The transportation industry moves surprisingly quickly ― both literally and in terms of innovation. Thanks to advancements in automobile technology, commercial trucks are becoming incredibly futuristic, with features that sci-fi writers could barely imagine; tech like alternative fuel use, intelligent radar, built-in logistics, and so much more.
Most of these improvements have made drivers’ jobs easier, but they have also wildly benefitted commercial trucking companies, who are seeing a sizable boost to business thanks to tech that allows for better efficiency and more productivity. Here are a few of the most impressive developments in recent years that have truly made an impact on business.
Thanks to a lengthy legacy of commercial trucks driven throughout the 20th century, engineering teams have an overwhelming amount of information to use to develop vehicles perfectly suited to the trucking industry’s needs. Before a concept even reaches the assembly line, manufacturers are able to locate potential faults in the design and fine-tune the specs to boost vehicle performance on the road. Additionally, most manufacturing processes make use of advanced robotics, which ensure accurate production of each vehicle part for precision performance.
For example, though the broad and boxy style is traditional in commercial trucks, more and more truck makers are creating sleek tractors (like these) and trailer add-ons to enhance vehicles’ aerodynamics. The improved airflow reduces drag and improves fuel efficiency, which certainly benefits trucking businesses, which are experiencing increasing duress for fuel usage from governments and environmental groups ― not to mention their own accounting departments.
Enhanced Fuel Options
Diesel has allowed the trucking industry to become what it is, but the unpredictable costs of fuel have encouraged many business owners to look for alternatives. Fortunately, there are some outstanding fuel options that are either already available or on the brink of release. Here are the six most popular and most plausible alternative fuels for commercial transportation:
Biodiesel. Created from animal or vegetable fats, biodiesel easily replaces traditional diesel without any engine modifications. Plus, it releases fewer emissions and is already available at stations around the U.S.
Ethanol. A mixture of corn (and other plants) and gasoline, ethanol produces fewer greenhouse gases, and ethanol engines can digest standard gasoline, as well. Like biodiesel, there are thousands of ethanol stations established around the country for truckers to utilize.
Natural gas. A handful of truck manufacturers are producing trucks that run on natural gas, but few trucking companies are adopting this alternative fuel tech. The primary reason seems to be the cost of the modified trucks and fuel, which has exceeded diesel in recent years.
Propane. As with natural gas, some manufacturers already produce propane trucks, but the higher prices of the vehicles puts most fleet owners off. Still, propane is remarkably cheaper than diesel, and standard gasoline vehicles can be converted relatively cheaply.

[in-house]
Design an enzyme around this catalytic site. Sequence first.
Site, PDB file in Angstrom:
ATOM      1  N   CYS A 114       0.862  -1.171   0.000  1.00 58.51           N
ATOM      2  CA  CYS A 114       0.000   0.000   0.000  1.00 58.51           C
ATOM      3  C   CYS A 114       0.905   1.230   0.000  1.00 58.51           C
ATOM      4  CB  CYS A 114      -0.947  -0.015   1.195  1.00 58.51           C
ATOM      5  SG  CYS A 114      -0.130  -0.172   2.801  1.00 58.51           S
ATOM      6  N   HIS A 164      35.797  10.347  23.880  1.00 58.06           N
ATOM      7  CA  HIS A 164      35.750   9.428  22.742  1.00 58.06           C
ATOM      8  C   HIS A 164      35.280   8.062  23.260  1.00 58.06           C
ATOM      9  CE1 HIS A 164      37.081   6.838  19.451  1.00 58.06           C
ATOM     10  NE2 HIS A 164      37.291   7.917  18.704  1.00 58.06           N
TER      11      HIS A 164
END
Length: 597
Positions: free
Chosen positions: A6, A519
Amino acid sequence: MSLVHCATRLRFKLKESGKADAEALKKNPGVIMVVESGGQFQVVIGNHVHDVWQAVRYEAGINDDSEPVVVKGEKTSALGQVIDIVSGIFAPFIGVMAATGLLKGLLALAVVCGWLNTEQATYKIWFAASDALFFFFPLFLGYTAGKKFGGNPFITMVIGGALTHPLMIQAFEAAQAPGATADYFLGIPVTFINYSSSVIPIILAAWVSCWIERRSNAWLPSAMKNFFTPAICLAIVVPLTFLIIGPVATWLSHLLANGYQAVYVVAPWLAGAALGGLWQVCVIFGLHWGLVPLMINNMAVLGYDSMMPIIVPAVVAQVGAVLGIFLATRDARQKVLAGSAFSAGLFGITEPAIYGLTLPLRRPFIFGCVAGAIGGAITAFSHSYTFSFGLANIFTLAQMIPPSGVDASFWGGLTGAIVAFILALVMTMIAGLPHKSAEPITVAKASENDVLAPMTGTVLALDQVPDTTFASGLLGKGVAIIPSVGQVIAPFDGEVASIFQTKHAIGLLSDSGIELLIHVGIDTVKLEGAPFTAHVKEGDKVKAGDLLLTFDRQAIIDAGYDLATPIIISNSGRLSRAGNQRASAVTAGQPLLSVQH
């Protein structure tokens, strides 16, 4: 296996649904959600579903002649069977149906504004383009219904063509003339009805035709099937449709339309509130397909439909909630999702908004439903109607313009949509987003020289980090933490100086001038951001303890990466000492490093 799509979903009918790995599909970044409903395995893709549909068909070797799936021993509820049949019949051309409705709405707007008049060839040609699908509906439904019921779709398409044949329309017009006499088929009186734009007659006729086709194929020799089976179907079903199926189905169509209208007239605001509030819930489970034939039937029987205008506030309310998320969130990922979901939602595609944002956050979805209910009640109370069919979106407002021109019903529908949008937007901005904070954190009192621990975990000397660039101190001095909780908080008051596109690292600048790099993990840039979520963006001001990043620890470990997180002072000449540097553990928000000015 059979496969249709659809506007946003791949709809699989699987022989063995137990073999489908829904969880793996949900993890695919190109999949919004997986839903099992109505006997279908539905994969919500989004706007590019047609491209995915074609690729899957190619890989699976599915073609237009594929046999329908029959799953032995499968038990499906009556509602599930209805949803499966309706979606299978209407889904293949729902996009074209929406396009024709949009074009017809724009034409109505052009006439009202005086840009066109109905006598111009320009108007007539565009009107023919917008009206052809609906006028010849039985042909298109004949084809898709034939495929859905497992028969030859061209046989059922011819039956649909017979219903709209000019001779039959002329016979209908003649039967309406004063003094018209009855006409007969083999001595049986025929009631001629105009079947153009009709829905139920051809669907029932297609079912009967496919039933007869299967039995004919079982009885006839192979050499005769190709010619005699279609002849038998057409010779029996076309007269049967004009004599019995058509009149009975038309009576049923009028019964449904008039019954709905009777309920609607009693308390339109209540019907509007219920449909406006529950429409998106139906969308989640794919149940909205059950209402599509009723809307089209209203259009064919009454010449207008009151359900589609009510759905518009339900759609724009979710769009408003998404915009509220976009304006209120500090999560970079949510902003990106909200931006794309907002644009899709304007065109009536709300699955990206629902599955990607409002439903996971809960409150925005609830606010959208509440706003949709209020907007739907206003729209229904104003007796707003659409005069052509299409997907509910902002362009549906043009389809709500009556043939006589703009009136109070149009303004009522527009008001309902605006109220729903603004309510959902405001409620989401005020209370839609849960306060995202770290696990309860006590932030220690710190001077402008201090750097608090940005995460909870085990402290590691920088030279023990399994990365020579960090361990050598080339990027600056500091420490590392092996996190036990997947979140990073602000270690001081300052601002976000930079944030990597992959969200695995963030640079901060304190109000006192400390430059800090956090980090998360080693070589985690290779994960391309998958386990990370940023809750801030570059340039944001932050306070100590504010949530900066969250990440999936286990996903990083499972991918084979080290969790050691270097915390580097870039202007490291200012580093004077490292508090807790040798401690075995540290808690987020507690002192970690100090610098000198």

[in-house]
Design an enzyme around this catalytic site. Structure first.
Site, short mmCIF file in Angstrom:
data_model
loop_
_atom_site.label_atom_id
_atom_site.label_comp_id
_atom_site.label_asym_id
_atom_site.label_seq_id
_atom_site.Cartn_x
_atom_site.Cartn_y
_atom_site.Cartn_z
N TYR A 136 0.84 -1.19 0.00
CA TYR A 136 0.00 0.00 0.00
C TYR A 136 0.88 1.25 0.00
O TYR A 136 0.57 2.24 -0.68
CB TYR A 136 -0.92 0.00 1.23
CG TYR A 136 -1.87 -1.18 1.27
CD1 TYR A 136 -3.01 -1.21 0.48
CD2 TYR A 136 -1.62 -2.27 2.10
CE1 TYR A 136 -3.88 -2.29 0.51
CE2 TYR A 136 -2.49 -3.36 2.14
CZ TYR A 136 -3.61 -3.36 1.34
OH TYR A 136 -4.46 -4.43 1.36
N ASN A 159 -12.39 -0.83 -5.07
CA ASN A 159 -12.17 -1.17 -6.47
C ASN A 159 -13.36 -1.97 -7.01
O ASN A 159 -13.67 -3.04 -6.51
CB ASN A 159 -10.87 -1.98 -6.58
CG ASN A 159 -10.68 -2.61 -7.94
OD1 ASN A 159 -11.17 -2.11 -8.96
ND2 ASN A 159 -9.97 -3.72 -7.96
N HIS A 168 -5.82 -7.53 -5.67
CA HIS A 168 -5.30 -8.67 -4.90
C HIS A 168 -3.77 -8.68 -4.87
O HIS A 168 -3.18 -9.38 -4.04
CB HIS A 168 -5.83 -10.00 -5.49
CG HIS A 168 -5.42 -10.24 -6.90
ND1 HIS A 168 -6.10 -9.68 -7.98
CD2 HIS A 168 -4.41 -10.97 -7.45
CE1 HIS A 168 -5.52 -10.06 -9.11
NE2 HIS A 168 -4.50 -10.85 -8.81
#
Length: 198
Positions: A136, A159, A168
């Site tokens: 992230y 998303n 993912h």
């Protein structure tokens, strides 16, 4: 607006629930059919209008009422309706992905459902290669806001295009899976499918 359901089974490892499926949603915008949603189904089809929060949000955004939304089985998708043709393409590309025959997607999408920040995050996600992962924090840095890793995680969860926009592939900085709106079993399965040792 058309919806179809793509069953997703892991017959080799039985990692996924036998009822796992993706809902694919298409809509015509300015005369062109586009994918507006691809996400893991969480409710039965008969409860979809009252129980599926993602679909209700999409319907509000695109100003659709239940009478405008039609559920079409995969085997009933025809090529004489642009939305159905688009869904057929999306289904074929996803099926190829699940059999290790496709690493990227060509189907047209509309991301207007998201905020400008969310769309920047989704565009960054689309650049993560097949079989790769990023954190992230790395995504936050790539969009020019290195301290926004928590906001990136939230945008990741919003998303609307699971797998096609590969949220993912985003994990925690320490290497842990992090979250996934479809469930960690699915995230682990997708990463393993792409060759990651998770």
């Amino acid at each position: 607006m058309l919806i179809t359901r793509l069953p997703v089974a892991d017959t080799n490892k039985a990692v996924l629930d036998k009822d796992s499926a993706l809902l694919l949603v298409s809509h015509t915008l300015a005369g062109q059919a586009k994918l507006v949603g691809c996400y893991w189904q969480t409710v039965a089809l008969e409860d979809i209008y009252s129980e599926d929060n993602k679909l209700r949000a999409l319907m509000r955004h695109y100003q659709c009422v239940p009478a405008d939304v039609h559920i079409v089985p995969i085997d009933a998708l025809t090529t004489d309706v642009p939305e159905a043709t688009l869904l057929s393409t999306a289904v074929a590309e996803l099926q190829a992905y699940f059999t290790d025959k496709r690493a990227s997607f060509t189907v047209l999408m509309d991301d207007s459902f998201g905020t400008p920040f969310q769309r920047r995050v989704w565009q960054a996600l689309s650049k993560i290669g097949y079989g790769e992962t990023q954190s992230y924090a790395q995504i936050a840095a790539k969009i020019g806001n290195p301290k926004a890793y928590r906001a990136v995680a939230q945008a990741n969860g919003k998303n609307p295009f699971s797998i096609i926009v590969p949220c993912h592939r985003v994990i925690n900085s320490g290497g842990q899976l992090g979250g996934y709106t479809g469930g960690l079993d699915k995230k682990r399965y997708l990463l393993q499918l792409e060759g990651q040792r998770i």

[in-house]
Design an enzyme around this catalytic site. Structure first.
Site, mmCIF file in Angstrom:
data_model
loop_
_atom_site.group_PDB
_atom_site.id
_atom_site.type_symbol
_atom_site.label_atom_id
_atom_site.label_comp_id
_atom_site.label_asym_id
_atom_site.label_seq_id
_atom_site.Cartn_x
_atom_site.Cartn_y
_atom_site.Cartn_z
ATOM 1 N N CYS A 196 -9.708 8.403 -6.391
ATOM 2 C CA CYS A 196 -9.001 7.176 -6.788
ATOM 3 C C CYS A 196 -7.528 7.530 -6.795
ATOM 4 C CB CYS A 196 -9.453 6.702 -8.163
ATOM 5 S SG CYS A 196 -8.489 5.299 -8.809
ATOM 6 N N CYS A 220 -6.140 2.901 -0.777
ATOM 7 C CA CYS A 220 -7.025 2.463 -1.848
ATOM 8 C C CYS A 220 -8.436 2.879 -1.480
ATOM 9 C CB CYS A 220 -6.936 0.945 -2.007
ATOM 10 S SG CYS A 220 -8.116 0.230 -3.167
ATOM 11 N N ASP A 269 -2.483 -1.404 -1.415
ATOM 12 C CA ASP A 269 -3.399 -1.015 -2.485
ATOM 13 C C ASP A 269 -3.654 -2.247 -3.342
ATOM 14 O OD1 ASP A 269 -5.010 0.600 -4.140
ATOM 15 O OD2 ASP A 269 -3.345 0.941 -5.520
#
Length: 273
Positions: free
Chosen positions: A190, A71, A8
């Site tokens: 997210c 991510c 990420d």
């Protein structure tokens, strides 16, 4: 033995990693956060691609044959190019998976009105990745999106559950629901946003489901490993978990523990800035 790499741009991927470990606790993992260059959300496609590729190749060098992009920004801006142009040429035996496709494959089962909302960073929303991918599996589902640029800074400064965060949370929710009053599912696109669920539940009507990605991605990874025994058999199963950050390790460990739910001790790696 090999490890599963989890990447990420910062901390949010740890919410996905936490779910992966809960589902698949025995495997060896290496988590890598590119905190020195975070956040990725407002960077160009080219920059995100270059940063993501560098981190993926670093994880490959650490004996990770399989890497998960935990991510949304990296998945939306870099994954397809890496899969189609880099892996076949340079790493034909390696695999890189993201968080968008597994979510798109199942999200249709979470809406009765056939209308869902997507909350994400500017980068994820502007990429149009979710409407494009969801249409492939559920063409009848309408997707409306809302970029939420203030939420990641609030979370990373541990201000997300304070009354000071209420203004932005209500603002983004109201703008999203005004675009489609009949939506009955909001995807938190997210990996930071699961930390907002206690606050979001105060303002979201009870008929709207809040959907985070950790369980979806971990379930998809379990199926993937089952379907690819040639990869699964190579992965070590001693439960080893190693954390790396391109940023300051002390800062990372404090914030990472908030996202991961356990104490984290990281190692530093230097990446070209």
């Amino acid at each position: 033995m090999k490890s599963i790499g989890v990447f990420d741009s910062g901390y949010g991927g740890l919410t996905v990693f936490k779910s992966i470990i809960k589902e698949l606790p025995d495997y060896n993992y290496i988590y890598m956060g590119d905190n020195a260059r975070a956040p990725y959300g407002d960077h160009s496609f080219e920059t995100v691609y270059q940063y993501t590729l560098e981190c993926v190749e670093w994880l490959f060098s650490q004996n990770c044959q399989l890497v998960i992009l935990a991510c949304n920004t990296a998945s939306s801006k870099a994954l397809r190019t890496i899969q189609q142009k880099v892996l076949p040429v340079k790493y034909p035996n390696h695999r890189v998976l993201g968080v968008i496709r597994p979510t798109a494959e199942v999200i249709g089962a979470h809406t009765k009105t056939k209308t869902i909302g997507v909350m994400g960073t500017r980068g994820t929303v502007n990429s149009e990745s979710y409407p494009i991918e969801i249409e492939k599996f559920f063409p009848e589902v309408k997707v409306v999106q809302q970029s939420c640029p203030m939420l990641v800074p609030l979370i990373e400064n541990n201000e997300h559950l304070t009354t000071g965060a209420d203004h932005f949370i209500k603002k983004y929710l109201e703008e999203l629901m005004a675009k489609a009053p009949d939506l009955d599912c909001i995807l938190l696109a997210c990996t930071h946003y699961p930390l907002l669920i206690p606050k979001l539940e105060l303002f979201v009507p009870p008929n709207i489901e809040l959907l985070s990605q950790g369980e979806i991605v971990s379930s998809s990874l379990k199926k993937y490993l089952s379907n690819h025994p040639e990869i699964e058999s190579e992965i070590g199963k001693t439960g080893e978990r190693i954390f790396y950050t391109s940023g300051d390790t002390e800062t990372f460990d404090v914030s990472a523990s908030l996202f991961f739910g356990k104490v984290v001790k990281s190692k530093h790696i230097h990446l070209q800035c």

Electricity. There are various types of electric commercial trucks available, including hybrids and plug-ins. The problem with fully electric engines is their limited power; currently, only medium-duty trucks have full-electric capability, and even they can only travel about 100 miles before requiring recharging. Still, the tech continues to develop, and more practical electric solutions may be on the horizon.
Hydrogen. Every year researchers get closer to releasing hydrogen fuel cell technology, but as yet, a few obstacles remain before the trucking industry can make use of this outstanding, sustainable resource, namely the costly process of hydrogen extraction and the existing uses for the U.S.’s current hydrogen reserves.
While autonomous vehicles remain untested in the transportation industry, a number of the technologies that help driverless cars function are able to help truck drivers on the road. Sensors that monitor speed, distance, and obstructions can keep drivers and their cargo safe and on-time during long-distance trips.
Platooning is perhaps one of the best applications of this tech. By grouping trucks in tight formations, companies can more efficiently transport goods and reduce fuel usage. In the past, such behavior was discouraged because maintaining a close proximity to another heavy-duty truck was incredibly dangerous. However, with a smart front-end collision avoidance system and digital communication between trucks, the system is more plausible.
Technology is good for businesses, and tech-powered trucks are likely to make the transportation industry more productive and more profitable than ever before. Business owners should look forward to more innovations and begin integrating useful technologies for business boons.